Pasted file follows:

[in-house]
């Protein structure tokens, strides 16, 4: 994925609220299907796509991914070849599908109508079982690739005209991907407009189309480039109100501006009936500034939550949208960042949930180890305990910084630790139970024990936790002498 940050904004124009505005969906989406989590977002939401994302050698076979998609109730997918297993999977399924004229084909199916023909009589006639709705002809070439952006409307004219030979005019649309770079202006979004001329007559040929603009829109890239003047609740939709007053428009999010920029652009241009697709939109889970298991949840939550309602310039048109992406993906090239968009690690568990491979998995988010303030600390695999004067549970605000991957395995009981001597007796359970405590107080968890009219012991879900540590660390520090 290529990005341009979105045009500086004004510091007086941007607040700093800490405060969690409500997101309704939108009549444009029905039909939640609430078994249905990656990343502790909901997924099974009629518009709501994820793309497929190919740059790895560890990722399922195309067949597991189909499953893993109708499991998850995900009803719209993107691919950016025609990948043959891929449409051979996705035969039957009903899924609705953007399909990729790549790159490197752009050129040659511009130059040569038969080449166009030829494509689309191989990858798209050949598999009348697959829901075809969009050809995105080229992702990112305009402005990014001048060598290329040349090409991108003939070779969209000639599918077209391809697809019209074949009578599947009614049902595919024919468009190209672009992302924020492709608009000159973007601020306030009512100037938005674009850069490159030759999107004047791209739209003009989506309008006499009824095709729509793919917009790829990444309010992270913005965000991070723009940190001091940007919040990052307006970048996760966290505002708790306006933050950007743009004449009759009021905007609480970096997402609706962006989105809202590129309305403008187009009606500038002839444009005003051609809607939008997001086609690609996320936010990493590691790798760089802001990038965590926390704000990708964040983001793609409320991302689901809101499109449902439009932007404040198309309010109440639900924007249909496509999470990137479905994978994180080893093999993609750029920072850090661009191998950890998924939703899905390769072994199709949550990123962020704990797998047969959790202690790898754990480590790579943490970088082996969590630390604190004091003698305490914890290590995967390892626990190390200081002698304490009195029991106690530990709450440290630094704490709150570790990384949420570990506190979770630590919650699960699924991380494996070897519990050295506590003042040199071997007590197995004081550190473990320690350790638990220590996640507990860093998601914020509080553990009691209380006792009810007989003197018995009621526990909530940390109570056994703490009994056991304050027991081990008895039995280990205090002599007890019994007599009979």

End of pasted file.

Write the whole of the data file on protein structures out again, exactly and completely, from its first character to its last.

[in-house]
């Protein structure tokens, strides 16, 4: 994925609220299907796509991914070849599908109508079982690739005209991907407009189309480039109100501006009936500034939550949208960042949930180890305990910084630790139970024990936790002498 940050904004124009505005969906989406989590977002939401994302050698076979998609109730997918297993999977399924004229084909199916023909009589006639709705002809070439952006409307004219030979005019649309770079202006979004001329007559040929603009829109890239003047609740939709007053428009999010920029652009241009697709939109889970298991949840939550309602310039048109992406993906090239968009690690568990491979998995988010303030600390695999004067549970605000991957395995009981001597007796359970405590107080968890009219012991879900540590660390520090 290529990005341009979105045009500086004004510091007086941007607040700093800490405060969690409500997101309704939108009549444009029905039909939640609430078994249905990656990343502790909901997924099974009629518009709501994820793309497929190919740059790895560890990722399922195309067949597991189909499953893993109708499991998850995900009803719209993107691919950016025609990948043959891929449409051979996705035969039957009903899924609705953007399909990729790549790159490197752009050129040659511009130059040569038969080449166009030829494509689309191989990858798209050949598999009348697959829901075809969009050809995105080229992702990112305009402005990014001048060598290329040349090409991108003939070779969209000639599918077209391809697809019209074949009578599947009614049902595919024919468009190209672009992302924020492709608009000159973007601020306030009512100037938005674009850069490159030759999107004047791209739209003009989506309008006499009824095709729509793919917009790829990444309010992270913005965000991070723009940190001091940007919040990052307006970048996760966290505002708790306006933050950007743009004449009759009021905007609480970096997402609706962006989105809202590129309305403008187009009606500038002839444009005003051609809607939008997001086609690609996320936010990493590691790798760089802001990038965590926390704000990708964040983001793609409320991302689901809101499109449902439009932007404040198309309010109440639900924007249909496509999470990137479905994978994180080893093999993609750029920072850090661009191998950890998924939703899905390769072994199709949550990123962020704990797998047969959790202690790898754990480590790579943490970088082996969590630390604190004091003698305490914890290590995967390892626990190390200081002698304490009195029991106690530990709450440290630094704490709150570790990384949420570990506190979770630590919650699960699924991380494996070897519990050295506590003042040199071997007590197995004081550190473990320690350790638990220590996640507990860093998601914020509080553990009691209380006792009810007989003197018995009621526990909530940390109570056994703490009994056991304050027991081990008895039995280990205090002599007890019994007599009979």